# What is the difference between d3.scale.quantize() and d3.scale.quantile()?

From the docs, the definitions are:

### quantize

..a variant of linear scales with a discrete rather than continuous range. The input domain is still continuous, and divided into uniform segments based on the number of values in (the cardinality of) the output range.

### quantile

...map an input domain to a discrete range. Although the input domain is continuous and the scale will accept any reasonable input value, the input domain is specified as a discrete set of values. The number of values in (the cardinality of) the output range determines the number of quantiles that will be computed from the input domain

These both seem to map continuous input domains to a set of discrete values. Can anybody illuminate the difference?

Coloring Maps has a great visual explanation.

Quantize:

Quantile:

On the scatter plot, the previously horizontal bars are now vertical as the colors of each place is determined by its rank, not value.

Here's a code snippet in D3 v4 that shows different results in quantize and quantile.

``````const purples = [
'purple1',
'purple2',
'purple3',
'purple4',
'purple5'
]
const dataset = [1, 1, 1, 1, 2, 3, 4, 5] // try [1, 2, 3, 4, 5] as well
const quantize = d3.scaleQuantize()
.domain(d3.extent(dataset)) // pass the min and max of the dataset
.range(purples)
const quantile = d3.scaleQuantile()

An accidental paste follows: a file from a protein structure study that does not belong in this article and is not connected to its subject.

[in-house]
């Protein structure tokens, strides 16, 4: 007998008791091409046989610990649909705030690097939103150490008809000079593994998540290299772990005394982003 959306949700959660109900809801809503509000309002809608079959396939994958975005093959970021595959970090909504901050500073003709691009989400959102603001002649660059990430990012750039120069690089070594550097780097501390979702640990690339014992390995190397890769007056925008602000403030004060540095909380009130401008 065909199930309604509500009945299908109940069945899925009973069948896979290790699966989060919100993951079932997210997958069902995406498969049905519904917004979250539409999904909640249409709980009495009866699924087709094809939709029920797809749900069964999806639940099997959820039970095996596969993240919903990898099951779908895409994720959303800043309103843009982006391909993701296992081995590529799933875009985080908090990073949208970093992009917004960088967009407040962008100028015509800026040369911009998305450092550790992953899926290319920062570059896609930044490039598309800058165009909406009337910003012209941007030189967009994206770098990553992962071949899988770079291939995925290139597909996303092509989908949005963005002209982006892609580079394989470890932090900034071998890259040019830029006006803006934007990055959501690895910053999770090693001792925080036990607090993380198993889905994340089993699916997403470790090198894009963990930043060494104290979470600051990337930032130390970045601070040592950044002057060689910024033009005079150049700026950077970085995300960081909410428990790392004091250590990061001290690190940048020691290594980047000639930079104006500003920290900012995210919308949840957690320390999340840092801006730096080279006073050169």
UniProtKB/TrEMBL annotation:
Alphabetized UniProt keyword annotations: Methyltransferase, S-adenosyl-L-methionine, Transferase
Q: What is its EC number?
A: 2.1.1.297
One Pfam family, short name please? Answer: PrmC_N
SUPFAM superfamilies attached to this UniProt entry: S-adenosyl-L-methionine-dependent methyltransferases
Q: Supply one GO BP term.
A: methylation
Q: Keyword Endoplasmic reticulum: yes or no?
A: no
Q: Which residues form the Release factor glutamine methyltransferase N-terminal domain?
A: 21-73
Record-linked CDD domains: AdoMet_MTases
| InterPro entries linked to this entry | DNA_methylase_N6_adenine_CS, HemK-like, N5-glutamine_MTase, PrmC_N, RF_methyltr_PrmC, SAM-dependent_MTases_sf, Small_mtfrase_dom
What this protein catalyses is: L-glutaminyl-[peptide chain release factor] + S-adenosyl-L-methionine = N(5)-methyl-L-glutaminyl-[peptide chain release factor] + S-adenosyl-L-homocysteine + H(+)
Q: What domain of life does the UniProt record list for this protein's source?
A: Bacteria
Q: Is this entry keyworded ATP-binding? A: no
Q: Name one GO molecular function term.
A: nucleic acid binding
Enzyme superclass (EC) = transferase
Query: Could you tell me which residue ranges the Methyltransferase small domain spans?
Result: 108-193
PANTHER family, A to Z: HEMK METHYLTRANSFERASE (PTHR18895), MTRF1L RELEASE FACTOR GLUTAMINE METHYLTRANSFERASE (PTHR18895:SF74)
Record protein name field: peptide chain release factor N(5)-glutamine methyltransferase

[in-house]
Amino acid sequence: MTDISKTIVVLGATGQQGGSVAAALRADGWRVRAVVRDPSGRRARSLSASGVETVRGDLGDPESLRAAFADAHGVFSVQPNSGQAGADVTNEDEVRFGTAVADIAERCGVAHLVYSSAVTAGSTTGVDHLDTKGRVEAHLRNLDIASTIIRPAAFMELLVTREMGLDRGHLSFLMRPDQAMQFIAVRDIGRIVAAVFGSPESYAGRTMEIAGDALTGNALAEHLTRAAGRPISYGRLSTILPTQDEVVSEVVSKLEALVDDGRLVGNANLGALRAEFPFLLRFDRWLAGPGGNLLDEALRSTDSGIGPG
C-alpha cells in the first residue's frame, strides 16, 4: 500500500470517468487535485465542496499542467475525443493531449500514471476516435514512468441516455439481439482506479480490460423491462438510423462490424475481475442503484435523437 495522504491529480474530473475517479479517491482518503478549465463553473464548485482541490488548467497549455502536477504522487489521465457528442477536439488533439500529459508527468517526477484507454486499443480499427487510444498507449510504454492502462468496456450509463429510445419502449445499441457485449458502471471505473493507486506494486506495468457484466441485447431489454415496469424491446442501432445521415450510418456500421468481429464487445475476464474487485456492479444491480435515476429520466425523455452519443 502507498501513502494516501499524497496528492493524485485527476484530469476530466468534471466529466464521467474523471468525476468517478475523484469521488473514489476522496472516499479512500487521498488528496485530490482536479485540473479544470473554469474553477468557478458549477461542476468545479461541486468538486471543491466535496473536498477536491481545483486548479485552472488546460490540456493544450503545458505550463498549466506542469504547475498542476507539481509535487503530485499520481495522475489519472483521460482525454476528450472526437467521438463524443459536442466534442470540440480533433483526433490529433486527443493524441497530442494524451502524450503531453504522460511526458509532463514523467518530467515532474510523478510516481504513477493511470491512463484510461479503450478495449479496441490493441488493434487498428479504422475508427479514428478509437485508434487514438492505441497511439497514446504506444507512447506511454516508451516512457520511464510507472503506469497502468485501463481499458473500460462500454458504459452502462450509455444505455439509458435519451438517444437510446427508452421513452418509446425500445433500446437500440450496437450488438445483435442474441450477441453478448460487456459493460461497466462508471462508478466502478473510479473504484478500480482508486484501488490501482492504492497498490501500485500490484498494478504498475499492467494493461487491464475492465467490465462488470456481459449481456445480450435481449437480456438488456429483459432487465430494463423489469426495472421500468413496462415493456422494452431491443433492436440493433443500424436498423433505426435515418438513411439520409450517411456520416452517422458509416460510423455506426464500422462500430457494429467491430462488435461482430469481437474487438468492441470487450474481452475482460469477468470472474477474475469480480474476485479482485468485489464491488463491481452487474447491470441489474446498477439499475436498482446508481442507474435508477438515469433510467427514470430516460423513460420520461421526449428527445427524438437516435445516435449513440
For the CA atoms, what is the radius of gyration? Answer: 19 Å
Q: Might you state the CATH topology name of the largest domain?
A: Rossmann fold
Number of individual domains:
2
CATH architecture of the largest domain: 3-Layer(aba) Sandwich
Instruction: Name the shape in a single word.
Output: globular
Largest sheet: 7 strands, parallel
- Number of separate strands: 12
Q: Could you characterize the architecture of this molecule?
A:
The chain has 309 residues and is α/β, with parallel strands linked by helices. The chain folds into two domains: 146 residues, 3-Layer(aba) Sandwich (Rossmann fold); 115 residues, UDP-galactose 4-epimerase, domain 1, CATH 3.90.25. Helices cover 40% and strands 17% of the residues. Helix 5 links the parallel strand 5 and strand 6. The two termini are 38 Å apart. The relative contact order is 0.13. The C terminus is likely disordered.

.domain(dataset) // pass the entire dataset
.range(purples)
console.log(quantize(3)) // purples[3]
console.log(quantile(3)) // purples[4]
``````

In general terms, the difference is similar to the difference between the mean and median.

The difference is only really apparent when the number of values in the input domain is larger than the number of values in the output domain. Best illustrated by an example.

For the `quantize` scale, the input range is divided into uniform segments depending on the output range. That is, the number of values in the domain doesn't really matter. Hence it returns 1 for 0.2, as 0.2 is closer to 1 than 100.

The `quantile` scale is based on the quantiles of the input domain and as such affected by the number of values in there. The number of values in the output domain only determines how many quantiles are computed. By their very nature, the quantiles reflect the actual list of values rather than just the range. Thus, an input of 0.2 returns 100 as the corresponding quantile is closer to 100.

I had this same question myself. So I made a visualization to help understand how they work.

• I don't understand the static version of this visualization. Can you post it on bl.ocks? – jkschneider Oct 26 '16 at 22:50
• @jkschneider The link was already above, but now I've linked the image to it as well. – Dave Jun 17 '17 at 23:23
• I love this graphic, but it doesn't answer this particular question. You should incorporate a situation where there are more inputs than outputs like in Lars Kotthoff's answer. I gave it an up-vote. – Phillip Scott Givens Dec 24 '17 at 22:52
• @PhillipScottGivens The nice thing about bl.ocks is that it's just a Github gist. So you can fork it and make the changes you'd like to see :) – Dave Jan 4 at 17:03

The difference is, as far as I can tell, simply that statistically quantiles are finite, equal, and evenly-distributed discrete blocks/buckets into which your results simply fall. The difference being that a quantized scale is a continuous function based on your discrete input.

Basically: quantize allows interpolation and extrapolation, where as quantile forces the value into the subset.

So, for example, if a student's calculated grade is 81.7% in a quantized scale, a quantiles scale of percentiles would simply say that it is of the 81st percentile. There's no room for flexibility there.